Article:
Anatomy of a Life

Being alive while we are here.

l talk to a lot of people who feel empty inside, as if they are missing some essential ingredient that would enable them to live in a more fulfilling way. I often hear: “I’m really busy. I have lots of friends, a good home life. So, why don’t I feel happier?”

We all seem to be focused on the challenges, the relationship issues, our careers, home life, etc. — all the areas that are lit up like neon signs, all the areas we can pinpoint as the root of our unhappiness.

Whenever I talk with someone, inevitably the conversation hits a high note about life. I am forever asking a question that stops them cold, one that helps them contemplate a simple but essential question in their lives. It can be quite random, such as:

“What do you want people to remember about you?” or

“What gift are you leaving the world?”

They usually look at me with a puzzled, albeit, frustrated look.

“Say what?” they ask.

Recently I talked with a friend who had lost her husband of 30 years. Her voice was low, barely above a whisper. After several years of caring for her husband in his illness, he died, leaving her to pick up the pieces of a life she no longer recognized.

She mentioned her own health issues that were now cropping up. She sounded weary and bottomed out. In a voice that was barely audible, she whispered, “I just want to live my own life.”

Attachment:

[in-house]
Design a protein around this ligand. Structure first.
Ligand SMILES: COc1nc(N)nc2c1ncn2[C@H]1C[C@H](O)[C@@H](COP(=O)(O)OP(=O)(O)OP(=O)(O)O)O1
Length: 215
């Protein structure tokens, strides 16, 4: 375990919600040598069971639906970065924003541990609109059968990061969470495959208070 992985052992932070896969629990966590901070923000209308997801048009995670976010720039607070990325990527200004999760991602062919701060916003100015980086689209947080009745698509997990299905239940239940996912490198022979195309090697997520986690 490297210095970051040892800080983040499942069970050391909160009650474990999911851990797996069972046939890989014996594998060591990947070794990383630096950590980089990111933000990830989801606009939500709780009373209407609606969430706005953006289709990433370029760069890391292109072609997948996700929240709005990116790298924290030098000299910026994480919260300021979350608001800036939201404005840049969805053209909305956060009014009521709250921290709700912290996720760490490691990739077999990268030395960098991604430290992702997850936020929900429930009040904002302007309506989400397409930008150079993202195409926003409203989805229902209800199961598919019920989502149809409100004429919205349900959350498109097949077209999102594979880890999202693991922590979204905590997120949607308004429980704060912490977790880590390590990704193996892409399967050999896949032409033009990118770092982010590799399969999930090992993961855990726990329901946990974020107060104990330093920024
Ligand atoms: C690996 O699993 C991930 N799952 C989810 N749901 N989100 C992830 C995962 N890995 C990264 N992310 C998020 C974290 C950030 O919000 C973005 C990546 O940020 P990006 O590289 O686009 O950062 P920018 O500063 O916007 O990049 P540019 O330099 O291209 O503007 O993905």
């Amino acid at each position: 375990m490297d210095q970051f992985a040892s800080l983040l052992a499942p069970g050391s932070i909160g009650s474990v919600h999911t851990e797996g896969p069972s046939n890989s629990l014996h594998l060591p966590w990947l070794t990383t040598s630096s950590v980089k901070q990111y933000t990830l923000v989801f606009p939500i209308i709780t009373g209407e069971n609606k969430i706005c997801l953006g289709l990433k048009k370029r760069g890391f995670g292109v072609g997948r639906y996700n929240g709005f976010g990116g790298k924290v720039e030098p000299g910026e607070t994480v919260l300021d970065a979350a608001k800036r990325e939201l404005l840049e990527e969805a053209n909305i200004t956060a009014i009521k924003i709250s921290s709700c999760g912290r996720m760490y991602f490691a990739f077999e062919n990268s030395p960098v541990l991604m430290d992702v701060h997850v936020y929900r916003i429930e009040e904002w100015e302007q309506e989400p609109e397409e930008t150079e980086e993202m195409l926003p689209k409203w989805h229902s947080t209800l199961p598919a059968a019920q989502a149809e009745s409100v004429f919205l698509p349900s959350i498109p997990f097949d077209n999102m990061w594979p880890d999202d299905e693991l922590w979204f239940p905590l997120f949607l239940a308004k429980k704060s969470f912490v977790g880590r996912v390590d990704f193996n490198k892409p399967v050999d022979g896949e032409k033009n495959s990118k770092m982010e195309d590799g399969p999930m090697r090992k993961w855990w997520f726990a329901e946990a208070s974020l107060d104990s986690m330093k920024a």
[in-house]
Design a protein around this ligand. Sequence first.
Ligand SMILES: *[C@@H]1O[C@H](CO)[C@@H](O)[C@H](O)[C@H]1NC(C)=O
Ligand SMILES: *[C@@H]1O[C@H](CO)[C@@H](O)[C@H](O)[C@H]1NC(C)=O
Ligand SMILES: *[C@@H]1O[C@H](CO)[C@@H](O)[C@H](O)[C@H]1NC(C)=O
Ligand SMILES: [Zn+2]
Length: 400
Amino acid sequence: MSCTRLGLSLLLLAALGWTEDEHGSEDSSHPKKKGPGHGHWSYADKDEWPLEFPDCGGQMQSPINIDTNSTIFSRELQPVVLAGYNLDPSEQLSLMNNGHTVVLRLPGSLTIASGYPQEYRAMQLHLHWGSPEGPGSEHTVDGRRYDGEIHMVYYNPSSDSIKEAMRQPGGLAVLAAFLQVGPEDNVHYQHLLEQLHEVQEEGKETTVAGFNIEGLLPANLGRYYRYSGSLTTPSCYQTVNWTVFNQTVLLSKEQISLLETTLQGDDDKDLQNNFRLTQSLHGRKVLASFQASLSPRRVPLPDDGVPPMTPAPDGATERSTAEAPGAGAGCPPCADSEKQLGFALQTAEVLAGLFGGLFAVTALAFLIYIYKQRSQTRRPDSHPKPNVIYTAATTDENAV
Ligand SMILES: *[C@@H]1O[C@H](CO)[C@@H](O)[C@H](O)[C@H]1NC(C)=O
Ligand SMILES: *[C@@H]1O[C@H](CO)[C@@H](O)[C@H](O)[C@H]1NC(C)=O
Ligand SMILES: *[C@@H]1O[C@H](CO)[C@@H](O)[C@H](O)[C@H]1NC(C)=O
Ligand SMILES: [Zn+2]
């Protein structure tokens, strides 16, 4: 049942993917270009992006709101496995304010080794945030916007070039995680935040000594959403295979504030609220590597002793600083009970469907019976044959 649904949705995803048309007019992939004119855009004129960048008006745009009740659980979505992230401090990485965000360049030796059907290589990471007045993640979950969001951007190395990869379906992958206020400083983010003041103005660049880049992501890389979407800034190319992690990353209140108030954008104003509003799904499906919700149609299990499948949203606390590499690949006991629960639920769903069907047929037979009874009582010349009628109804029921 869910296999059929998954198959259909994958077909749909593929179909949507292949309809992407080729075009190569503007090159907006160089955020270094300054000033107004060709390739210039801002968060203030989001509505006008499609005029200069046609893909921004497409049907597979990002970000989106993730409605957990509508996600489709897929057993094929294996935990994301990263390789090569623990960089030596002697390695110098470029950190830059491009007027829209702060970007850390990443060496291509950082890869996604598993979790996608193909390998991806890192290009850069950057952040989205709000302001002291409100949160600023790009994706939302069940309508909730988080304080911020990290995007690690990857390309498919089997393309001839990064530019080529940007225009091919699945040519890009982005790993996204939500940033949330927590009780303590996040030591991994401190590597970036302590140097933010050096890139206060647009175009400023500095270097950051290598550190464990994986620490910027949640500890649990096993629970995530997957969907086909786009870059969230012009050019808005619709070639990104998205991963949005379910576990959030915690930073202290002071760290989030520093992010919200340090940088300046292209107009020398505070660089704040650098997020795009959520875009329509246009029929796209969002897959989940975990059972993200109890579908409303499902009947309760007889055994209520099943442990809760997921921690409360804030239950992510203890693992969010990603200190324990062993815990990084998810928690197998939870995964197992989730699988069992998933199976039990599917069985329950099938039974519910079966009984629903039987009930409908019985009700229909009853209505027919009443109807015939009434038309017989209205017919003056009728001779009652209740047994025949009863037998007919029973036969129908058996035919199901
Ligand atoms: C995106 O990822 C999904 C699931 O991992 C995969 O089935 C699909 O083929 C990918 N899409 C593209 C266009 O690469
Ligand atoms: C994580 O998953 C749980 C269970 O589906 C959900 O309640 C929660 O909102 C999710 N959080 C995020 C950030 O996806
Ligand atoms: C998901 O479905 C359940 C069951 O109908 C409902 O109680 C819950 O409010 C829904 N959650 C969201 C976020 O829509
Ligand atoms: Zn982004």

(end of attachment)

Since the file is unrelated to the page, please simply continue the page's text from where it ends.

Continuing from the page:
Her words reminded me of a song called “Spirits” by The Strumbellas. The lyrics remind us of a resolve deep within us — the desire to truly live. NOW!

And I don’t want a never ending life
I just want to be alive while I’m here

And I don’t want a never ending life
I just want to be alive while I’m here

And I don’t want to see another night
Lost inside a lonely life while I’m here

At some point, hopefully, we feel the urge to just be “alive while we are here” — connecting with something greater than ourselves, letting that be enough, and not worrying about our perceived problems. It is in our everyday moments, the ones that slip by us unnoticed, the ones we later regret have passed, that make up the totality of our lives. It is something to really think about now, not later.

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